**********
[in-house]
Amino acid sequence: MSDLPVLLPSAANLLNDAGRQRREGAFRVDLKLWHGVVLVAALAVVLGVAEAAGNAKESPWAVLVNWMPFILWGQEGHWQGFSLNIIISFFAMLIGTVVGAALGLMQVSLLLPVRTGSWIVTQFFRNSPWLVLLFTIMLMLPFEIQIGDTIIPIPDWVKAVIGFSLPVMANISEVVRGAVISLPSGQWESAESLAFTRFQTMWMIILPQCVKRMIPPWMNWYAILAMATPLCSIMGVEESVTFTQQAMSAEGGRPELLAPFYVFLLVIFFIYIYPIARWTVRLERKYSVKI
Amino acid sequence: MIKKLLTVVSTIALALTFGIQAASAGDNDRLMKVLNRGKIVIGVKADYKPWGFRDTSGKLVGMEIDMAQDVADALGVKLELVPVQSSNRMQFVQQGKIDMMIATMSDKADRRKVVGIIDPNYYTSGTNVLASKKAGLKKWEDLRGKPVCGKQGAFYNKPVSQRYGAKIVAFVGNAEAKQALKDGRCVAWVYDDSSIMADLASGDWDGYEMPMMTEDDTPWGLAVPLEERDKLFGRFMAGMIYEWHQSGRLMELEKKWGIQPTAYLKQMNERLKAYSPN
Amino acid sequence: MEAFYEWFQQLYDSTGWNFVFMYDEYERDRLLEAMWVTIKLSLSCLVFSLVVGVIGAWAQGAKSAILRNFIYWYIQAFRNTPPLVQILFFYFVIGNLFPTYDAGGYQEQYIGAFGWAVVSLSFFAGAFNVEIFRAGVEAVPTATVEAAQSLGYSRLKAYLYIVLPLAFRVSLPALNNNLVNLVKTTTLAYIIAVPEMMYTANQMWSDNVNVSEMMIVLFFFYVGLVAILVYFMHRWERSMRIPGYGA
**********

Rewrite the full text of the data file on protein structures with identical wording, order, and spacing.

[in-house]
Amino acid sequence: MSDLPVLLPSAANLLNDAGRQRREGAFRVDLKLWHGVVLVAALAVVLGVAEAAGNAKESPWAVLVNWMPFILWGQEGHWQGFSLNIIISFFAMLIGTVVGAALGLMQVSLLLPVRTGSWIVTQFFRNSPWLVLLFTIMLMLPFEIQIGDTIIPIPDWVKAVIGFSLPVMANISEVVRGAVISLPSGQWESAESLAFTRFQTMWMIILPQCVKRMIPPWMNWYAILAMATPLCSIMGVEESVTFTQQAMSAEGGRPELLAPFYVFLLVIFFIYIYPIARWTVRLERKYSVKI
Amino acid sequence: MIKKLLTVVSTIALALTFGIQAASAGDNDRLMKVLNRGKIVIGVKADYKPWGFRDTSGKLVGMEIDMAQDVADALGVKLELVPVQSSNRMQFVQQGKIDMMIATMSDKADRRKVVGIIDPNYYTSGTNVLASKKAGLKKWEDLRGKPVCGKQGAFYNKPVSQRYGAKIVAFVGNAEAKQALKDGRCVAWVYDDSSIMADLASGDWDGYEMPMMTEDDTPWGLAVPLEERDKLFGRFMAGMIYEWHQSGRLMELEKKWGIQPTAYLKQMNERLKAYSPN
Amino acid sequence: MEAFYEWFQQLYDSTGWNFVFMYDEYERDRLLEAMWVTIKLSLSCLVFSLVVGVIGAWAQGAKSAILRNFIYWYIQAFRNTPPLVQILFFYFVIGNLFPTYDAGGYQEQYIGAFGWAVVSLSFFAGAFNVEIFRAGVEAVPTATVEAAQSLGYSRLKAYLYIVLPLAFRVSLPALNNNLVNLVKTTTLAYIIAVPEMMYTANQMWSDNVNVSEMMIVLFFFYVGLVAILVYFMHRWERSMRIPGYGA